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International Collaboration in Biomedical Research: Two Perspectives Amy Luke, PhD & Jacob Plange-Rhule, MD, PhD HepNet, Kumasi 12 Aug 2013.

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Presentation on theme: "International Collaboration in Biomedical Research: Two Perspectives Amy Luke, PhD & Jacob Plange-Rhule, MD, PhD HepNet, Kumasi 12 Aug 2013."— Presentation transcript:

1 International Collaboration in Biomedical Research: Two Perspectives Amy Luke, PhD & Jacob Plange-Rhule, MD, PhD HepNet, Kumasi 12 Aug 2013

2 International Collaborative Study of Hypertension in Blacks (ICSHIB) Richard S. Cooper, PI Chicago, USA Ibadan, Nigeria Yaounde, Cameroon Kingston, Jamaica Bridgetown, Barbados Castries, St. Lucia Manchester, UK >10,000 participants enrolled Third renewal - top extramural score of the year >200 publications Launched careers of multiple researchers - Kaufman, Rotimi, Luke, Adeyemo, Zhu, Tayo….

3 ICSHIB provided the paradigm and infrastructure for numerous NIH-funded research projects, educational and training collaborations and untold number of friendships…. Multiple genetic studies – hypertension, obesity Multiple epi studies - hypertension, obesity Genetics & epi - kidney disease Genetics & epi – sickle cell disease Hypertension intervention Multiple formal (ie, Fogarty) & informal education & training exchanges

4 Current NIH-funded research projects: RO1 HL53353 (Cooper) 9/95 – 4/14 Genetics of Hypertension in Blacks R03 TW (Cooper) 7/11 – 6/14 Variation in Severity of Sickle Cell Disease among the Yorubas R01DK (Luke) 4/09 – 3/14 Modeling the Epidemiologic Transition Study: Energetics, Obesity and CVD in African Populations U54HG (Ojo and Adu) 7/12 – 6/17 H3Africa Kidney Disease Research Network R01DK (Durazo) 9/11 – 7/16 Determinants and Consequences of Low Vitamin D in Populations of African Descent 1UO1 HL (Ogedegbe) 5/12 – 4/16 Task Shifting and Blood Pressure Control in Ghana

5 Current (and future) education and training programs: TW (Ogedegbe, Tayo & Adanu) 9/11 – 8/16 NYU/Univ of Ghana Cardiovascular Research Training Institute Program Center for Research & Training, University College Hospital, University of Ibadan (UCH/Loyola/NYU) – initiated 2012 Afro-Med eCapacity grant application (Cooper & Tayo) - under review (NIH) – UCH/Loyola Senior medical student exchange between KNUST and LUC (Plange-Rhule & Luke) 2011 – present Exchange of faculty – in development - Dept of Public Health, UCH, Ibadan; School of Public Health, University of Ghana; LUC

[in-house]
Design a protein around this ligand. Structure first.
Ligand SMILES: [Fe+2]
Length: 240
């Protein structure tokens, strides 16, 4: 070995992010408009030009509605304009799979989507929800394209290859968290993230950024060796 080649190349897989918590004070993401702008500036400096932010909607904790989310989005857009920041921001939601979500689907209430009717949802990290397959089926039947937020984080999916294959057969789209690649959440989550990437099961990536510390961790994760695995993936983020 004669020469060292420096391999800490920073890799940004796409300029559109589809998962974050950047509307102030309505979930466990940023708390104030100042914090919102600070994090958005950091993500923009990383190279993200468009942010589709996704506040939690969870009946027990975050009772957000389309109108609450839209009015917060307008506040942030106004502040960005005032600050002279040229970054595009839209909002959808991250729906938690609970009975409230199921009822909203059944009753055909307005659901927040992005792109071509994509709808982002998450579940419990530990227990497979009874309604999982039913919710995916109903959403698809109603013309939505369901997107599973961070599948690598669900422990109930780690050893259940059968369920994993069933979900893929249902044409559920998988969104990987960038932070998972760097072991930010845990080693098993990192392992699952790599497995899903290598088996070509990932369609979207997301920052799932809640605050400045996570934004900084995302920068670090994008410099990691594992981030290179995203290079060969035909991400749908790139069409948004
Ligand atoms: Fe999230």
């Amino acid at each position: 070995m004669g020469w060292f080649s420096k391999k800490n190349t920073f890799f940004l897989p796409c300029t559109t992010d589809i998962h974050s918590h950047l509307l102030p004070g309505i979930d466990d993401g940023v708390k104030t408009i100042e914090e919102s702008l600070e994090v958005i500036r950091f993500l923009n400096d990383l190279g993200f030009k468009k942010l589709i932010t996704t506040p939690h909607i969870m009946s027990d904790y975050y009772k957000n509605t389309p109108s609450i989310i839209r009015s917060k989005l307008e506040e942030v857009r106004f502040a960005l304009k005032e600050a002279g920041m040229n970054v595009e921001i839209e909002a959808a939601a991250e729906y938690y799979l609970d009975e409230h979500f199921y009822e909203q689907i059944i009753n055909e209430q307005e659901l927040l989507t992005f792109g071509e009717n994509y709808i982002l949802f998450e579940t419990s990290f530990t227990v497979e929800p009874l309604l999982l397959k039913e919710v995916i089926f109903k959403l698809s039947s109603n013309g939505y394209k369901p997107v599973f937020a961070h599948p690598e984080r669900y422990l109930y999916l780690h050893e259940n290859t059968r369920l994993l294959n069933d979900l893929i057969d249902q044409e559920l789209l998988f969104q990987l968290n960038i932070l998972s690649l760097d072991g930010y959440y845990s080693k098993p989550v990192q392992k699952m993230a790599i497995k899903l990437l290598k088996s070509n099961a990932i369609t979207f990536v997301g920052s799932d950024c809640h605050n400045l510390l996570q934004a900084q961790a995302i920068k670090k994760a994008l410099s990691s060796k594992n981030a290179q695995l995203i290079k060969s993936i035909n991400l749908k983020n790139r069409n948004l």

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7 METS study sites

8 Institutions & Investigators Loyola University Chicago – Amy Luke, Lara Dugas, Ramon Durazo-Arvizu, David Shoham, Richard Cooper Kwame Nkrumah University of Science & Technology, Kumasi, Ghana – Jacob Plange-Rhule, Collins Kokuro, Frank Micah University of the West Indies, Mona, Kingston, Jamaica – Terrence Forrester Ministry of Health, Victoria, Seychelles – Pascal Bovet (Univ. of Lausanne) University of Cape Town, Cape Town, South Africa – Vicki Lambert University of Wisconsin, Madison, WI, USA – Dale Schoeller Consultants: Soren Brage (MRC, Cambridge) & Ulf Ekeleund (Norway Institute of Health)

9 Prevalence Women Men Ghana South Africa Jamaica Seychelles US Underlying Rationale for METS Lower middle HDIVery high HDI

10 Study Design Random selection of participants based on local design Enrollment and baseline assessment of medical history, socioeconomic indicators, energy expenditure, physical activity, dietary intake, body composition, blood pressure and blood draw, spot urine collection Year 1 follow-up – weight, blood pressure and changes to health history Year 2 follow-up – repeat of baseline measurements Year 3 follow-up – repeat of baseline measurements plus 24-hour urine collection, DXA, plasma vitamin D assessment Year 4 – repeat year 2 measurements VITAMIN D ANCILLARY STUDY

11 Distribution of Body Mass Index by Site & Gender MenWomen

12 Published: Protocol paper – BMC Public Health 2011 Body composition methodology – Eur J Clin Nutr 2013 Seychelles dietary intake – Eur J Clin Nutr 2013 Under review: Baseline physical activity – Int J Behav Nutr Phys Act Vitamin D descriptive – Am J Clin Nutr Bis-phenol A in Ghana, Jamaica and US – Environ Health Perspect Under-reporting of dietary intake – Brit J Nutr Close to submission: Phys activity patterns (Dugas) SES and phys activity (Shoham) Blood pressure descriptive (Forrester) Diet variety and obesity (Dugas) In preparation: Lipids descriptive (Luke/Cooper) Resting metabolism and smoking (Bovet) Total energy expenditure and phys act (Luke) Vitamin D and obesity (Durazo-Arvizu) Dietary patterns (Luke) Manuscripts from Baseline Data to date….